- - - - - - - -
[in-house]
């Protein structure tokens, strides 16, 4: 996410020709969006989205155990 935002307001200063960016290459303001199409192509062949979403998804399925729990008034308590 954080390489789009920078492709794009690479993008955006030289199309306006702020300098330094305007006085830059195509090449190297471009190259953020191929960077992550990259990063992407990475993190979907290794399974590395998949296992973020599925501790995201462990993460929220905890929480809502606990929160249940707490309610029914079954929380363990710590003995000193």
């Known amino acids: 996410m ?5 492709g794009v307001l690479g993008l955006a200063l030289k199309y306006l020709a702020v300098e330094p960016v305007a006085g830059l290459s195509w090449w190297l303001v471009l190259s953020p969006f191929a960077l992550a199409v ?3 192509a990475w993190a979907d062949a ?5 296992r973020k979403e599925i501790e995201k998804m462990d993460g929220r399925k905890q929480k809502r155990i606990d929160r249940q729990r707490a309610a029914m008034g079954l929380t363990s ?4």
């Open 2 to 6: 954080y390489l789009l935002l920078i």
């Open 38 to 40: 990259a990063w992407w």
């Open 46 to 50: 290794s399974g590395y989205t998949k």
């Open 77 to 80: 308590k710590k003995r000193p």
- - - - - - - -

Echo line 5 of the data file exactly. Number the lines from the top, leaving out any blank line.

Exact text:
């Open 38 to 40: 990259a990063w992407w």